What's Happening in This Picture?

Category: Search-Engines

It’s a question that human minds can answer instantly in most cases. Show me a photo of nine uniformed men standing on a diamond-shaped field and I’ll tell you, “It’s a baseball game.” Computers have a much harder time answering such questions. But this new technology just might be a breakthrough. Read on to learn more and try it for yourself...

What is Wolfram Image ID?

First, Stephen Wolfram gave us , a “computational knowledge engine” that provides computed answers to natural-language questions instead of merely Web pages that contain some of the words in the questions. Then he developed the Wolfram Language, a programming language that draws much of its power from the algorithms and databases underpinning Wolfram|Alpha.

Now, Stephen has added a simple function to his language, ImageIdentify, that answers the question, “What’s going on in this picture?”

Let's go back to that example of a baseball game. Make it nine little kids instead of grown men, and I’ll refine my answer to, “Little League game.” Such instant identifications are second nature to humans; few of us realize what vast stores of facts and billions of lightning-fast computations are required to pull of this simple feat.

Dog Eating Bubble

Artificial-intelligence experts know that image-recognition is incredibly complex, and it’s going to be utterly necessary in the future of self-driving vehicles, self-piloting drones, and other autonomous machines. Image-recognition is a problem that people like Stephen Wolfram are very keen to solve.

The ImageIdentify function is a simple way for a programmer to invoke a very complex program that operates on Wolfram|Alpha’s database of several trillion facts. This program has been exposed to over 10,000 “training images” and their associated identities or tags, e. g., “coffee mug.” Given an image as input via the ImageIdentify function, the program returns the tag of the image that is the closest fit to the input image.

You can try the ImageIdentify function on any image you like, at the Wolfram Language Image Identification Project Web site. You’ll also be helping the function expand and refine its knowledge base.

You can drag an image into the project’s input area, or upload an image file from your hard drive. The project will take just a few seconds to analyze the image and return a tag. Then you’ll be asked to rate the project’s performance on a scale labeled “Great,” “Could be better,” “Missed the point,” or “What the heck?!” If your rating is less than “great,” the project will offer second guesses and ask you to tell it what you think the tag should be.

...and All I Got Was This Lousy T-Shirt

Finally, you can leave your email address to be notified when ImageIdentify learns more about “your kind of image” and, more importantly, to be entered in a daily random drawing for an “I taught ImageIdentify” T-shirt. That ought to get you a few “What the hecks?” of your own!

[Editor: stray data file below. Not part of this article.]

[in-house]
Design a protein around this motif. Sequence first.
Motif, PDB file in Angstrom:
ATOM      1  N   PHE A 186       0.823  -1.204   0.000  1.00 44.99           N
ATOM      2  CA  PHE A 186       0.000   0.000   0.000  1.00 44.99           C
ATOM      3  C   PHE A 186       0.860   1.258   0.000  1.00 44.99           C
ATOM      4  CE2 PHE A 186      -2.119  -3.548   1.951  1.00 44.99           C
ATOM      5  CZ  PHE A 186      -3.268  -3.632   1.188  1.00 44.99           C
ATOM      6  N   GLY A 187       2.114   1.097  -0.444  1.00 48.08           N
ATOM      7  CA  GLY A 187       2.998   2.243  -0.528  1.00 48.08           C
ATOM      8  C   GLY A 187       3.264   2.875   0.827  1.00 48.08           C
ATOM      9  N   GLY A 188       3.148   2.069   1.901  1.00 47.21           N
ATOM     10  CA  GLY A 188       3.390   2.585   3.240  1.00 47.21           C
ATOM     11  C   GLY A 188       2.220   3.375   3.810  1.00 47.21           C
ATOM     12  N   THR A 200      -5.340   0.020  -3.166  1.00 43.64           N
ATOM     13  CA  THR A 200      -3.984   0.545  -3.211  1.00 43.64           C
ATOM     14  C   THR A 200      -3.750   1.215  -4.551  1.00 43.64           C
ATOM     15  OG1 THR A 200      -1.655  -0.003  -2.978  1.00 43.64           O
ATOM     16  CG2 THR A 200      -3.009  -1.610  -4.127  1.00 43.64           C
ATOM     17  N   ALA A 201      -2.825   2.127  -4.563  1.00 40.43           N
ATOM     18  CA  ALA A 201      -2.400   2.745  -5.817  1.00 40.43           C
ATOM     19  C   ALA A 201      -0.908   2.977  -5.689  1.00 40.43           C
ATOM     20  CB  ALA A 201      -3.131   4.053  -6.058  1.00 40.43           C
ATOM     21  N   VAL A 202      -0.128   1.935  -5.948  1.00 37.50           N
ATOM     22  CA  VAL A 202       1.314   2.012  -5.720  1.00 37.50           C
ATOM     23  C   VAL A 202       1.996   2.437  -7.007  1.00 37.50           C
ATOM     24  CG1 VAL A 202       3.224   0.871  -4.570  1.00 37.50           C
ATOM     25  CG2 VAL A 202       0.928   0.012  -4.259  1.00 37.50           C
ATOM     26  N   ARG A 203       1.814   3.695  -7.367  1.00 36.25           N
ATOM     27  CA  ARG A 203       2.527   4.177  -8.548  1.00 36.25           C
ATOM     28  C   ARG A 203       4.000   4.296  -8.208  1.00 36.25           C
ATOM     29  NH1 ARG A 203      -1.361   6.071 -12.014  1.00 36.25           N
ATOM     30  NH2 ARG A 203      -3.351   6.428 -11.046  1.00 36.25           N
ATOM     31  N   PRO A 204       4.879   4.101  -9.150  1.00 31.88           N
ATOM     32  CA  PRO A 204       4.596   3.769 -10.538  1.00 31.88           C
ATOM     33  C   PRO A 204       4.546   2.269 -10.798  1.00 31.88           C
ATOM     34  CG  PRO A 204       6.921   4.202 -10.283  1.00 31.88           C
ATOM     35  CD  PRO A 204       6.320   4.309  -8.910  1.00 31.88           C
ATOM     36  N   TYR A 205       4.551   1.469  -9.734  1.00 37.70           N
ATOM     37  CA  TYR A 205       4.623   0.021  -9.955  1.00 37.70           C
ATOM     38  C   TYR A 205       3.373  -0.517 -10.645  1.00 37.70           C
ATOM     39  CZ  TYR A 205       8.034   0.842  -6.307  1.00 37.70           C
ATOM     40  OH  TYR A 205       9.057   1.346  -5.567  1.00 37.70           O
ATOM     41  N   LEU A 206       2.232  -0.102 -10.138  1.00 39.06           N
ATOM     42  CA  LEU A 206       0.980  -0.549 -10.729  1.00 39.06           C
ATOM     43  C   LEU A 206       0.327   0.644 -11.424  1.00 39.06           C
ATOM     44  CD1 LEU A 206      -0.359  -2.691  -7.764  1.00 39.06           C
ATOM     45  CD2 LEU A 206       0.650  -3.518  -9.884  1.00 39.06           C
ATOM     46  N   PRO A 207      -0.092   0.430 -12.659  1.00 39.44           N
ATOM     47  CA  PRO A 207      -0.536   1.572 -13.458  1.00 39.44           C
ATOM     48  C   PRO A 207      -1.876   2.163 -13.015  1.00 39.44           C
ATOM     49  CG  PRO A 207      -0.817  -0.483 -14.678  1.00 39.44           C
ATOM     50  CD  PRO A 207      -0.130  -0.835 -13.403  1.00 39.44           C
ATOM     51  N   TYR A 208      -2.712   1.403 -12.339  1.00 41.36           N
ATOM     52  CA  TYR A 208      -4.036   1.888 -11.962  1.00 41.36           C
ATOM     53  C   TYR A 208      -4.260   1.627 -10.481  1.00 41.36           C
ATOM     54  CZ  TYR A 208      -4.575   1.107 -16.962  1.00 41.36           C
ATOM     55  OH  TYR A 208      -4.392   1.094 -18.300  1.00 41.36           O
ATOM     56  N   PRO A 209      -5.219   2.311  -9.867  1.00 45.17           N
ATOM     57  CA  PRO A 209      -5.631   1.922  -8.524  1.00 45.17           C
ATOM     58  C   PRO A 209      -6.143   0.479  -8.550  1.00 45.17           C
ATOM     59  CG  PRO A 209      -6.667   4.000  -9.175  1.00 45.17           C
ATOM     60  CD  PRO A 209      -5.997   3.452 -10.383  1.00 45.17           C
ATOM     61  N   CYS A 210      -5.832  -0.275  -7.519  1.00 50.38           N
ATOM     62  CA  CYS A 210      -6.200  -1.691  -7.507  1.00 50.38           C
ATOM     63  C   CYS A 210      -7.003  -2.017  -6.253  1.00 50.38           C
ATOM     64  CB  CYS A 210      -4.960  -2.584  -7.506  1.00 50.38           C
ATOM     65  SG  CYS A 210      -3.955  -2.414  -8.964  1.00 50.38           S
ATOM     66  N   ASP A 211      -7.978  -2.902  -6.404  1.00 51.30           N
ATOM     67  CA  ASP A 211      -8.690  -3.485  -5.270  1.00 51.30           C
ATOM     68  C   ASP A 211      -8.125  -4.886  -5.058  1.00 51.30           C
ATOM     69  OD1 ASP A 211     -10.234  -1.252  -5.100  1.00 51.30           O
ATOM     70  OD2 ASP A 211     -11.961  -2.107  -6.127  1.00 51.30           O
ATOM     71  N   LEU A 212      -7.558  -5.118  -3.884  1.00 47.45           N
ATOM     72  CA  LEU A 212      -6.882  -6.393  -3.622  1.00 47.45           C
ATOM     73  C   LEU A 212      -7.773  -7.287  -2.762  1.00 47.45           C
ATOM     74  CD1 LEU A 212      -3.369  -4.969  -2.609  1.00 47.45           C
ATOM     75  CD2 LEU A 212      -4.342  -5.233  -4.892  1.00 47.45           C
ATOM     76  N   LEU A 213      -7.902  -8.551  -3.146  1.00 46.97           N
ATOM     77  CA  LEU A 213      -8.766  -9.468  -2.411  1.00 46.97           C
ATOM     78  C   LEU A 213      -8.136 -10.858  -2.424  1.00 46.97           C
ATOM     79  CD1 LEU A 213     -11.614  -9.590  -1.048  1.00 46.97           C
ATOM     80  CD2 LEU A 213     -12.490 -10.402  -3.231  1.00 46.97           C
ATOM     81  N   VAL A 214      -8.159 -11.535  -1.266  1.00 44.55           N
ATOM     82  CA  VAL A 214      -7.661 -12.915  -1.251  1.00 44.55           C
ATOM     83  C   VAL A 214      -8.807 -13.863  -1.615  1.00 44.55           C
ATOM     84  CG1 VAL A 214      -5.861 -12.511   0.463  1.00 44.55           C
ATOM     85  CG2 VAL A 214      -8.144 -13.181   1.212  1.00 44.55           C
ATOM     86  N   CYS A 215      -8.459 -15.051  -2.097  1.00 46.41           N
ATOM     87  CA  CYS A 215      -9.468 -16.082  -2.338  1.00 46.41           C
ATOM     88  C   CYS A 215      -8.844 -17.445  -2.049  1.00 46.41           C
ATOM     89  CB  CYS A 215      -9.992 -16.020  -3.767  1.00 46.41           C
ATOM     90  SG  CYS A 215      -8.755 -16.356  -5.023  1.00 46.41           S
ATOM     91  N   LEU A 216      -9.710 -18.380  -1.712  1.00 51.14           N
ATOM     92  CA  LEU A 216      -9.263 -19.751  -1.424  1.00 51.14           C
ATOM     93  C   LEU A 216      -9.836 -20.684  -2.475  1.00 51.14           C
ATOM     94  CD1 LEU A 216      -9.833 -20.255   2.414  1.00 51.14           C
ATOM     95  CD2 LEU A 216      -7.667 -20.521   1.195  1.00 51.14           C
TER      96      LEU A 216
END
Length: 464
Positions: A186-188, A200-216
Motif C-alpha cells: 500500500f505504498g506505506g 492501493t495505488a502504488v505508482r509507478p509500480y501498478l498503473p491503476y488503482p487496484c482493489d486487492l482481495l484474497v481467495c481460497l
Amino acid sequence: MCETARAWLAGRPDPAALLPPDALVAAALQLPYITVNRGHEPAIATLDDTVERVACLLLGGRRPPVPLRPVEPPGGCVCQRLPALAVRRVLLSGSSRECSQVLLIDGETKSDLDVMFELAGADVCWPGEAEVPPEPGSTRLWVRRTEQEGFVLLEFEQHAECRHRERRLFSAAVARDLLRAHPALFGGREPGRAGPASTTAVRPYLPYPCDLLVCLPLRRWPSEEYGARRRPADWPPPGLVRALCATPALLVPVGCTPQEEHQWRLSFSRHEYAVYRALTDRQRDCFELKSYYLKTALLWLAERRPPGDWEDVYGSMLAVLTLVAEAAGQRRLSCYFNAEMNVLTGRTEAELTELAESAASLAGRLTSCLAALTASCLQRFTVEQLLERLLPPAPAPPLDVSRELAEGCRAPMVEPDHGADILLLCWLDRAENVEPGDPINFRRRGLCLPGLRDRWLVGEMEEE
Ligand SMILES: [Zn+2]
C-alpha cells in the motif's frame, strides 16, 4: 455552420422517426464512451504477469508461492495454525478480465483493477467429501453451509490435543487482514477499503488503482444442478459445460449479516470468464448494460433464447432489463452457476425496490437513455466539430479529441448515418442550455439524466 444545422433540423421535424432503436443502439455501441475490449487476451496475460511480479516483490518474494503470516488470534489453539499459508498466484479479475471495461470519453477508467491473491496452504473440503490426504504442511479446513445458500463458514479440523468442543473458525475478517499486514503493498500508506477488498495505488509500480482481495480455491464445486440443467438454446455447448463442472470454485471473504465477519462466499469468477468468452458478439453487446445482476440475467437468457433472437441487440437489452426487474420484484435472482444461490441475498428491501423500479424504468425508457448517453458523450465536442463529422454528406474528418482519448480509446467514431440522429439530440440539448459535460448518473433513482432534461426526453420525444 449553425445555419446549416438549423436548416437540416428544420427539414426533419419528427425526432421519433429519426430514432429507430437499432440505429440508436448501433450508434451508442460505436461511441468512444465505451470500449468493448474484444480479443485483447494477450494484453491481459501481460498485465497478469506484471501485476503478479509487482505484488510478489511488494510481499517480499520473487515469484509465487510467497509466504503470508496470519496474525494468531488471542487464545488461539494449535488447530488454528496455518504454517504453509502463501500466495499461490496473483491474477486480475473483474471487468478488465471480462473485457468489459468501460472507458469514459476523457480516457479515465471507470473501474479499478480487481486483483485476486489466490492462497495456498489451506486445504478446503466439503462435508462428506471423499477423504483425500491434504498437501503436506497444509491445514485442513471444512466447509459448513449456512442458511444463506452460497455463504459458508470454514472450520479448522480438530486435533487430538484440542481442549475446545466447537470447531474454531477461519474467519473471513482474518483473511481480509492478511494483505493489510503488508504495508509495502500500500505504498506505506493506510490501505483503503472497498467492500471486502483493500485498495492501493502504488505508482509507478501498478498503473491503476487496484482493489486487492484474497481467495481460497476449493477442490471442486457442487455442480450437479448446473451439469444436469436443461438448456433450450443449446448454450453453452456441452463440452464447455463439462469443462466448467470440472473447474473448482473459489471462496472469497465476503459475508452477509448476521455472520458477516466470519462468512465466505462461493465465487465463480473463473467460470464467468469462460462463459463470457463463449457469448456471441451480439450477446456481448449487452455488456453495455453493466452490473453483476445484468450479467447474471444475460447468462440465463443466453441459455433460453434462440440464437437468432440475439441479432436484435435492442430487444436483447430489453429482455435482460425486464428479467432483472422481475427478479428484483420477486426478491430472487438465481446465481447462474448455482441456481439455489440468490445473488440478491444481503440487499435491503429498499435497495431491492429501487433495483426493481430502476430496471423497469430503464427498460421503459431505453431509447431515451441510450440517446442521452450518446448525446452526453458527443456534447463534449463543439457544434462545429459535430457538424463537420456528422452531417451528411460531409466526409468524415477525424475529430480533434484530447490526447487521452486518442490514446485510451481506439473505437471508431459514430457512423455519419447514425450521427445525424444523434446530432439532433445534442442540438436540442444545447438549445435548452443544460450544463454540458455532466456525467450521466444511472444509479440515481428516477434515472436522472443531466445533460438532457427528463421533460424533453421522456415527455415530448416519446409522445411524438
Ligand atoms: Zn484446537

My own tests produced very uneven but not unamusing results. ImageIdentify correctly recognized a flower and even gave me its genus. It deemed me a “person.” An origami fish was a “vertebrate.” ImageIdentify guessed correctly that one photo of a baseball stadium was a "ballpark" but thought that another one was a casino.

The FAQ attributes some bloopers to “training errors.” For example, ImageIdentify may have been trained to associate the word “Chihuahua” with several examples of the dog, one of which was wearing a party hat. So if you upload a picture of a party hat, it may be identified as a “Chihuahua.” Wolfram and company are working on such things.

There are other image-recognition Web sites to which you can compare Wolfram’s ImageIdentify. Their results are generally similar but can be amusing in their own ways. Examples include CamFind, Clarifai, MetaMind, Orbeus, and AlchemyAPI.

I expect this technology to become rapidly better. It has to… we don't want the robotic maid to throw all the chihuahuas in the trash after your kid's birthday party. Your thoughts on this topic are welcome. Post your comment or question below...

 
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This article was posted by on 26 May 2015


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Most recent comments on "What's Happening in This Picture?"

Posted by:

Gregory
26 May 2015

Dog biting soap bubble.


Posted by:

Jay
26 May 2015

Speak for yourself. Personally, I would be happy for Rosie to can all the Chihuahuas. (I hope that my niece doesn't read this!) Thanx for more great stuff, Bob. I'm going to have to try some of my pics.


Posted by:

James
26 May 2015

WOW THis is fun! It tastes terrible and disappears so fast but do it some more. Come one just a few more times chasing this weird strange ball you're tossing me!


Posted by:

RandiO
26 May 2015

Thank you for the Education on this intriguing topic, Mr. Bob Rankin!

I may be wrong but I am inclined to think that Google is also deeply involved in this technology. I have been meaning to research into how "Google Images" website manages obtaining and categorization of all of the image database they have.
The Google President, Eric Schmidt, stated that Google Images search was created because of the desire to view Jennifer Lopez in her exotic green Versace dress. I had posted a blog on GoogleImages recently, as follows:
In 2000, Google Search results were limited to simple pages of text with links, but the developers worked on developing this further, realizing that an image search was required to answer "the most popular search query" they had seen to date: Jennifer Lopez's green dress.
As a result of this, Google Image Search was born.
In 2001, 250 million images were indexed.